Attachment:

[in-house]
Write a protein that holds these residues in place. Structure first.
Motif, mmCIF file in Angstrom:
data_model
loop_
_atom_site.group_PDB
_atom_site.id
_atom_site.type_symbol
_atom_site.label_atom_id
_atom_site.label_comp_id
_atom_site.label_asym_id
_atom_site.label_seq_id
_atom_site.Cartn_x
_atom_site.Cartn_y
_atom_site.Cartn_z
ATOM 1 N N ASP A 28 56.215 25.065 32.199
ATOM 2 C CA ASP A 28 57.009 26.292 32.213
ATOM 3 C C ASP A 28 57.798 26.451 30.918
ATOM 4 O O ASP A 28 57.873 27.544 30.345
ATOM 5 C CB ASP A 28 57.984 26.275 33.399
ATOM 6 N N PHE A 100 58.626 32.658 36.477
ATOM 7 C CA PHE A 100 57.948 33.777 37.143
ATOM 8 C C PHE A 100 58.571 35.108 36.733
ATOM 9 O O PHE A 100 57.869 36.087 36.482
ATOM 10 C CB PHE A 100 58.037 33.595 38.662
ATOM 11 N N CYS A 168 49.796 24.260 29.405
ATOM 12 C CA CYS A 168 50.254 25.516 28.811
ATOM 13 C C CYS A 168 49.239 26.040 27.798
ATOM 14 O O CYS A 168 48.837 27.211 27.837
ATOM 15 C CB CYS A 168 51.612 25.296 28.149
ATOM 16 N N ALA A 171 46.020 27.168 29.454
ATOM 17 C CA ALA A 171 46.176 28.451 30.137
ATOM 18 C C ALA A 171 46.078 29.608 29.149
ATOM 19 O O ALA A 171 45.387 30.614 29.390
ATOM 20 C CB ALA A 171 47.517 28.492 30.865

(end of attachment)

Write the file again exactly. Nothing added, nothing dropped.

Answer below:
[in-house]
Write a protein that holds these residues in place. Structure first.
Motif, mmCIF file in Angstrom:
data_model
loop_
_atom_site.group_PDB
_atom_site.id
_atom_site.type_symbol
_atom_site.label_atom_id
_atom_site.label_comp_id
_atom_site.label_asym_id
_atom_site.label_seq_id
_atom_site.Cartn_x
_atom_site.Cartn_y
_atom_site.Cartn_z
ATOM 1 N N ASP A 28 56.215 25.065 32.199
ATOM 2 C CA ASP A 28 57.009 26.292 32.213
ATOM 3 C C ASP A 28 57.798 26.451 30.918
ATOM 4 O O ASP A 28 57.873 27.544 30.345
ATOM 5 C CB ASP A 28 57.984 26.275 33.399
ATOM 6 N N PHE A 100 58.626 32.658 36.477
ATOM 7 C CA PHE A 100 57.948 33.777 37.143
ATOM 8 C C PHE A 100 58.571 35.108 36.733
ATOM 9 O O PHE A 100 57.869 36.087 36.482
ATOM 10 C CB PHE A 100 58.037 33.595 38.662
ATOM 11 N N CYS A 168 49.796 24.260 29.405
ATOM 12 C CA CYS A 168 50.254 25.516 28.811
ATOM 13 C C CYS A 168 49.239 26.040 27.798
ATOM 14 O O CYS A 168 48.837 27.211 27.837
ATOM 15 C CB CYS A 168 51.612 25.296 28.149
ATOM 16 N N ALA A 171 46.020 27.168 29.454
ATOM 17 C CA ALA A 171 46.176 28.451 30.137
ATOM 18 C C ALA A 171 46.078 29.608 29.149
ATOM 19 O O ALA A 171 45.387 30.614 29.390
ATOM 20 C CB ALA A 171 47.517 28.492 30.865